In doing so, through arrogance, ignorance and for political gain, he gives a bad name to people who in past Islamic history were recognised as men of knowledge and principles, who challenged tradition and wrought change; who were in short, the real ulama.

It takes more than theoretical knowledge of Islam and Arabic, or even theological qualifications to be an ulama.

If these were enough, many non-Muslims could be counted as ulama, such as John Esposito, the former White House adviser to President Clinton, whose knowledge of Islam is formidable, or many non-Muslim scholars of the Quran and experts in the Arabic language.

In Islam, an ulama is not only a person of knowledge, but also a person of taqwa, or the permanent, humble awareness of God; one who is not interested in worldly status or wealth yet committed to selfless involvement in worldly affairs; one who is not merely a dictaphone sprouting Arabic supplications for use after prayers and at official functions, but who is what the Quran calls “People who think”, those who are able to translate the divine verses for mankind of all ages, and not to those who quote them simply to fulfil their priestly roles and earn a living.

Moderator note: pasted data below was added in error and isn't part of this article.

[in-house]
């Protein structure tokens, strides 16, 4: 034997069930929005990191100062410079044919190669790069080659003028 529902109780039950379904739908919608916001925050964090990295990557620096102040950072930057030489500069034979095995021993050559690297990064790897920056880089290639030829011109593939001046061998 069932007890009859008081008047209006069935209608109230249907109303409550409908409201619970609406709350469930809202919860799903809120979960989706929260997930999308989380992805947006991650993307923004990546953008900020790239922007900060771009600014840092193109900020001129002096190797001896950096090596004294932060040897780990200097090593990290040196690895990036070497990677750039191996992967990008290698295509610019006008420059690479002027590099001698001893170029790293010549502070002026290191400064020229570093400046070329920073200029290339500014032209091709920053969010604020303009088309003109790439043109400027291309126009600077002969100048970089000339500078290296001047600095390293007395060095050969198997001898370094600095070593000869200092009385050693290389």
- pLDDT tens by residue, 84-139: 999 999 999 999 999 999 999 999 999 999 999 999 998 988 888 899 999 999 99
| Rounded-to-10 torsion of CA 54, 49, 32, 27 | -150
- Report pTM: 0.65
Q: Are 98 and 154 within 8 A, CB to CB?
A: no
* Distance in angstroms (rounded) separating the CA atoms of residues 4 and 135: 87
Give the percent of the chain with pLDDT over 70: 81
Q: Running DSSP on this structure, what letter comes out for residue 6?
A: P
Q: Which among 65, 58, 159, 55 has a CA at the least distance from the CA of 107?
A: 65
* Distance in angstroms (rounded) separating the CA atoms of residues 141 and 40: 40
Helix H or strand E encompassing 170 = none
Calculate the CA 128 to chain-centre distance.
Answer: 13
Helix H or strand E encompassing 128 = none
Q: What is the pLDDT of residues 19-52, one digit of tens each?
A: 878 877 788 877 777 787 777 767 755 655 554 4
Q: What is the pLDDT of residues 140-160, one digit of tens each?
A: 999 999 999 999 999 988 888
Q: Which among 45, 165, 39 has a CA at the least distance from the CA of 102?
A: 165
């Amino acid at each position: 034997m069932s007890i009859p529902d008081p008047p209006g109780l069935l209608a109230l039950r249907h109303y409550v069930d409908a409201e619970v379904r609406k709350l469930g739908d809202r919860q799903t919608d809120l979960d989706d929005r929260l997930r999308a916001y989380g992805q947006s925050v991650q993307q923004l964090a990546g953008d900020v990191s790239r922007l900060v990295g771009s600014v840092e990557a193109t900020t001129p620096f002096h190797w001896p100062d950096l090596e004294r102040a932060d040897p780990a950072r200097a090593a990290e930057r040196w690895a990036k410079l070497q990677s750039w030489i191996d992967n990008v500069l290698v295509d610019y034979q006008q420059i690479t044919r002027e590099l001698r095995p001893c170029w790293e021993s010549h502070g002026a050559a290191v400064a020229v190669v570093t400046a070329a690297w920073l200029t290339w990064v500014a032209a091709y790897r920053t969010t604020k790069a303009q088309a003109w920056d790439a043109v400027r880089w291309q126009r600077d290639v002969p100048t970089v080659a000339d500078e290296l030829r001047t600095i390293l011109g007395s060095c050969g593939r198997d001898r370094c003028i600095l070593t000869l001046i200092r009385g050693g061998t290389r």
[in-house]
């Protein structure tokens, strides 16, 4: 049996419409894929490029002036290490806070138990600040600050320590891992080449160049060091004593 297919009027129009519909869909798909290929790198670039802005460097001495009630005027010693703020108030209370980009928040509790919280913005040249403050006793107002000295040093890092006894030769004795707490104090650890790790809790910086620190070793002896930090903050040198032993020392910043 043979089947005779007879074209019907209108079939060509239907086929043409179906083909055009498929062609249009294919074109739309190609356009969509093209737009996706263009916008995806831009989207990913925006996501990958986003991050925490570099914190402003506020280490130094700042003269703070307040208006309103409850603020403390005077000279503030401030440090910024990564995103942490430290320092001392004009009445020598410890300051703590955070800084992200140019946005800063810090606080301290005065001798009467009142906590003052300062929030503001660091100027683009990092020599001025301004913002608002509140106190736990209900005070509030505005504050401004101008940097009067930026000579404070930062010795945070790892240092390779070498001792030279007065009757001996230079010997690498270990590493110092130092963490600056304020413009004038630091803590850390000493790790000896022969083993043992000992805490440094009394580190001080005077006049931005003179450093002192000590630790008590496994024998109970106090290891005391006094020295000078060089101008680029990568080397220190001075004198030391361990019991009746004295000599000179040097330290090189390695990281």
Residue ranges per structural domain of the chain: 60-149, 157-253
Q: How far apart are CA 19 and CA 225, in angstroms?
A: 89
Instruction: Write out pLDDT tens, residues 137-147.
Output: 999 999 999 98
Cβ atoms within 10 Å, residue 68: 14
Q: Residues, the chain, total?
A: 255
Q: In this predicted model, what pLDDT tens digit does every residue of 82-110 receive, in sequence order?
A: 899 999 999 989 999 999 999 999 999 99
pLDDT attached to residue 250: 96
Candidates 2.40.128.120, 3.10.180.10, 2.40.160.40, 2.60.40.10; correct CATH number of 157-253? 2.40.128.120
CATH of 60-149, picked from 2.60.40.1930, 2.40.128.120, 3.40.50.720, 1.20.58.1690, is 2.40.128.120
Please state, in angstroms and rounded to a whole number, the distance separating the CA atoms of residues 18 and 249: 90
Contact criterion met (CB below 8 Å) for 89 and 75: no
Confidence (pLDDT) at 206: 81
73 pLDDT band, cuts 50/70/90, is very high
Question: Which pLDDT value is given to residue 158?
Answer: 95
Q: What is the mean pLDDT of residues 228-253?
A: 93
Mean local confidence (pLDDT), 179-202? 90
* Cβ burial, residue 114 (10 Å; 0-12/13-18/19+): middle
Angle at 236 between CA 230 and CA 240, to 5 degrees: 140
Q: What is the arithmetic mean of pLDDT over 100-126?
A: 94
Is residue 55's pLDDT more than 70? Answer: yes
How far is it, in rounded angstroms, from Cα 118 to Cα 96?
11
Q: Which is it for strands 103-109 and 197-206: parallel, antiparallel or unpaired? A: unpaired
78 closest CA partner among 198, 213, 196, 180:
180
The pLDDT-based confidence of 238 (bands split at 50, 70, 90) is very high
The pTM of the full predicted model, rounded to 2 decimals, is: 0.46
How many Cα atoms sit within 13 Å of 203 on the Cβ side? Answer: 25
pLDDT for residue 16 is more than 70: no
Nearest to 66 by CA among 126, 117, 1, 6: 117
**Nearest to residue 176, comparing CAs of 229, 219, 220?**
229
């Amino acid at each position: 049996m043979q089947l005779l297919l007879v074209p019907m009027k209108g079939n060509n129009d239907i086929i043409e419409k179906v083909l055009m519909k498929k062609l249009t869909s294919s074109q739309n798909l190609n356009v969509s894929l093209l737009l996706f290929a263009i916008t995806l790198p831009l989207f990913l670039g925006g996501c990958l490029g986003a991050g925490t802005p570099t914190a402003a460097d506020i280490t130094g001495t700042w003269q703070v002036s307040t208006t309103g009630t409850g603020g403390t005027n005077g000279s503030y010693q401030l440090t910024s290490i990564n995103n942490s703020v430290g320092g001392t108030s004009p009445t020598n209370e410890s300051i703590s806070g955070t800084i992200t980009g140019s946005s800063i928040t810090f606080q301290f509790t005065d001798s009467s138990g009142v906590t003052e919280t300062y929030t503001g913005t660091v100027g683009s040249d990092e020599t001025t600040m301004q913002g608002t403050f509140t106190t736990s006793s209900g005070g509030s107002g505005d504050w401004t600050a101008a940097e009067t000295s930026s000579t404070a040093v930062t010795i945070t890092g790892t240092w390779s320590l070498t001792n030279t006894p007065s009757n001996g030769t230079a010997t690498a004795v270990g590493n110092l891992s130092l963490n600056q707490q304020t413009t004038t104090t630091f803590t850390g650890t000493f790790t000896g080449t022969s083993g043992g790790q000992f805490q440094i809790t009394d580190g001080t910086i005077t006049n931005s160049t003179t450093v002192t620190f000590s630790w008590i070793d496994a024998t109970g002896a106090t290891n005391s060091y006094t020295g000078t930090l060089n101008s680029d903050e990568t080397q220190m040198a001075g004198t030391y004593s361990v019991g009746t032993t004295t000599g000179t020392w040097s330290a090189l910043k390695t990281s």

The ulama tsunami is a reflection of the state of Malaysian Muslims today, when Islam has come to be characterised by mechanical rituals and empty pieties, preferably given spurious legitimacy by coming from the mouths of Arabic-speaking pseudo-clerics.

We live, tragically and pathetically, in an environment where every ustaz, every skull-capped TV talk show host, and every graduate of an Islamic university, can claim the status of ulama.

In most other Muslim countries with richer Islamic history and greater Islamic heritage, the process of being recognised as ulama does not depend on one’s membership of an Islamic association.